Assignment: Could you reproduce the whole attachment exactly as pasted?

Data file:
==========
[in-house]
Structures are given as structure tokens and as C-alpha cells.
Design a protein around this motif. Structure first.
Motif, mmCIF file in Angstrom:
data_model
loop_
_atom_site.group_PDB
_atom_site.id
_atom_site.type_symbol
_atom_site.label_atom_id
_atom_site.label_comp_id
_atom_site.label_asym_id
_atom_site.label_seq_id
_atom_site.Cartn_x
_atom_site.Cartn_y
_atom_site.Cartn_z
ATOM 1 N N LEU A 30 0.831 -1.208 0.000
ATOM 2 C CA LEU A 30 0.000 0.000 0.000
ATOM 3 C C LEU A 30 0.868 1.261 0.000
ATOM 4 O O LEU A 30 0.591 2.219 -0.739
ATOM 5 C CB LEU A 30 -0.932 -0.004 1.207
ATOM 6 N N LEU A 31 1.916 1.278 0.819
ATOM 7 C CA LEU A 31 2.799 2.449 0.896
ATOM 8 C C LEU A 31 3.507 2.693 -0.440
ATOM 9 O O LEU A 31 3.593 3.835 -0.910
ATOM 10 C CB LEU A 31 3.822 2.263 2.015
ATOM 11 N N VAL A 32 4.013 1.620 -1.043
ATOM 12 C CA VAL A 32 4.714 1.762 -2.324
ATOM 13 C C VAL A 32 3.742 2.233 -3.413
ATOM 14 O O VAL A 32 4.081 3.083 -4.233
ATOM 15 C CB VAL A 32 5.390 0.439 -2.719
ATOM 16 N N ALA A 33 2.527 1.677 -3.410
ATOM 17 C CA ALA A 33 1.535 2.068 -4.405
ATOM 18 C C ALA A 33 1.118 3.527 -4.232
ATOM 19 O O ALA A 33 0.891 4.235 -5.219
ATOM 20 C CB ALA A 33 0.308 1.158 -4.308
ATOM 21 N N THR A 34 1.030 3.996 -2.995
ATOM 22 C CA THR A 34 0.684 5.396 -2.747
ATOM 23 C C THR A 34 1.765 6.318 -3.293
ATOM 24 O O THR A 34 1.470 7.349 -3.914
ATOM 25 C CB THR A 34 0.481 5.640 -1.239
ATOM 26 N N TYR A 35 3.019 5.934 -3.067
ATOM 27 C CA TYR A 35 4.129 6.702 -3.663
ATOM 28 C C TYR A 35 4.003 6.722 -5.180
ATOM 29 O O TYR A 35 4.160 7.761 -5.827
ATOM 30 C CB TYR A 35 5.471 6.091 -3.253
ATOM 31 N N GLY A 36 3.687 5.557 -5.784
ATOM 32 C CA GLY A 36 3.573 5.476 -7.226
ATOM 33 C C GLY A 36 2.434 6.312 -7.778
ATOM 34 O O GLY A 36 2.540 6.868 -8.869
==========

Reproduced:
[in-house]
Structures are given as structure tokens and as C-alpha cells.
Design a protein around this motif. Structure first.
Motif, mmCIF file in Angstrom:
data_model
loop_
_atom_site.group_PDB
_atom_site.id
_atom_site.type_symbol
_atom_site.label_atom_id
_atom_site.label_comp_id
_atom_site.label_asym_id
_atom_site.label_seq_id
_atom_site.Cartn_x
_atom_site.Cartn_y
_atom_site.Cartn_z
ATOM 1 N N LEU A 30 0.831 -1.208 0.000
ATOM 2 C CA LEU A 30 0.000 0.000 0.000
ATOM 3 C C LEU A 30 0.868 1.261 0.000
ATOM 4 O O LEU A 30 0.591 2.219 -0.739
ATOM 5 C CB LEU A 30 -0.932 -0.004 1.207
ATOM 6 N N LEU A 31 1.916 1.278 0.819
ATOM 7 C CA LEU A 31 2.799 2.449 0.896
ATOM 8 C C LEU A 31 3.507 2.693 -0.440
ATOM 9 O O LEU A 31 3.593 3.835 -0.910
ATOM 10 C CB LEU A 31 3.822 2.263 2.015
ATOM 11 N N VAL A 32 4.013 1.620 -1.043
ATOM 12 C CA VAL A 32 4.714 1.762 -2.324
ATOM 13 C C VAL A 32 3.742 2.233 -3.413
ATOM 14 O O VAL A 32 4.081 3.083 -4.233
ATOM 15 C CB VAL A 32 5.390 0.439 -2.719
ATOM 16 N N ALA A 33 2.527 1.677 -3.410
ATOM 17 C CA ALA A 33 1.535 2.068 -4.405
ATOM 18 C C ALA A 33 1.118 3.527 -4.232
ATOM 19 O O ALA A 33 0.891 4.235 -5.219
ATOM 20 C CB ALA A 33 0.308 1.158 -4.308
ATOM 21 N N THR A 34 1.030 3.996 -2.995
ATOM 22 C CA THR A 34 0.684 5.396 -2.747
ATOM 23 C C THR A 34 1.765 6.318 -3.293
ATOM 24 O O THR A 34 1.470 7.349 -3.914
ATOM 25 C CB THR A 34 0.481 5.640 -1.239
ATOM 26 N N TYR A 35 3.019 5.934 -3.067
ATOM 27 C CA TYR A 35 4.129 6.702 -3.663
ATOM 28 C C TYR A 35 4.003 6.722 -5.180
ATOM 29 O O TYR A 35 4.160 7.761 -5.827
ATOM 30 C CB TYR A 35 5.471 6.091 -3.253
ATOM 31 N N GLY A 36 3.687 5.557 -5.784
ATOM 32 C CA GLY A 36 3.573 5.476 -7.226
ATOM 33 C C GLY A 36 2.434 6.312 -7.778
ATOM 34 O O GLY A 36 2.540 6.868 -8.869